Dill: An Easy Herb To Grow
Dill is one of the easiest herbs to grow and it is fairly maintenance free. Even beginners can handle growing dill themselves. Use it for almost anything you can think of in the kitchen.
It can be fresh, dried and even frozen. Dill is a staple when cooking meat and adds that extra appetizing taste in your gourmet dishes. Fish and lamb are great with dill. Any roast will not be complete without some dill in it. Just remember to add dill at the end of any cooking process as it might overpower the other flavors.
This hardy plant can grow as tall as 36 inches in length. Its height can be a hassle due to strong winds so add some support or protection against the wind. It is a perennial plant so plant what you need to last for the next seasons.
Read on for our full guide on how to grow dill in your own garden.
Like most plants, Dill should be planted after the snow melts. Autumn and spring are the perfect seasons for dill planting. Dill thrives in cold weather but it is best to grow it indoors during the winter. Dill also grows well in full sun or at least 6 hours of sun exposure every day. Use an artificial sunlight to help Dill develop indoors. Once the temperature cools down, you can place dill plants outdoors.
Daily garden soil is enough for dill to grow. The soil does not need to be too deep. Lay the seeds on the soil and cover them lightly with a layer of soil. Keep them about a foot apart to have some space. Constant watering is needed to keep the soil moist. A drip or irrigation system can be used for dill especially when there is a dry spell in your area.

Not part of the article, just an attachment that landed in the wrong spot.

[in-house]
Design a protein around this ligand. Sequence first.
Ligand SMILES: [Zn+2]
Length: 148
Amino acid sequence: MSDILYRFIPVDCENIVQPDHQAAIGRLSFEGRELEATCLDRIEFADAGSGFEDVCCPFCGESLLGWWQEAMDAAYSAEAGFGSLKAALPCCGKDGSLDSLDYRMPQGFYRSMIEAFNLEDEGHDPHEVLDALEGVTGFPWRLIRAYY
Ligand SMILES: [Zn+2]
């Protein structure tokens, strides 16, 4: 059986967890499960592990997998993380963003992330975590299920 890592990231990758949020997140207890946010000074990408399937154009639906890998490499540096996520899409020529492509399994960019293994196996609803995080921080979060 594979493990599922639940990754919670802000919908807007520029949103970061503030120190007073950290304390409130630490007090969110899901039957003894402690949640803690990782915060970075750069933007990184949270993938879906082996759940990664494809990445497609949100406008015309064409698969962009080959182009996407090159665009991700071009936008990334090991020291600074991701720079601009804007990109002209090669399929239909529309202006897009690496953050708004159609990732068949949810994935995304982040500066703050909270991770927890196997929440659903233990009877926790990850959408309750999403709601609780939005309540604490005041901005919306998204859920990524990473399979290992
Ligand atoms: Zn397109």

Dill seeds can bolt as fast as 2 weeks. Thin them out around 9 inches to let each plant grow into its full potential. Flowers will come out in about 4-6 weeks.
Now listen. Since flowers may stop dill from producing more leaves, you can actually cut them out if you only need the leaves. Cut the stem about 2 inches when flower buds appear as this will help leaves to grow again. This will also ensure full development for your dill.
When the flowers bloom, then it’s time to harvest your dill. Do not worry about it dying out if you harvest. It will continue to grow, granted you have not taken everything. Keep dill happy by weeding it out from time to time.
Throughout the growing process, make sure that dill plants have enough space for their roots to move around. Allowing the roots to go deeper into the ground will protect your dill from strong winds, hence provides stability. Bone meal is one of the most common fertilizers for dill, but any mixed compost will help give nourishment.
Imagine a feast of lamb, potatoes, peas, sauces and salad with a sprinkle of fresh Dill! Your common feast will become a feast of a 3 Michelin star proportions. It is a very versatile herb that you can use any time you want. It can be a great idea to have one nearby. Just have fun creating dishes with it.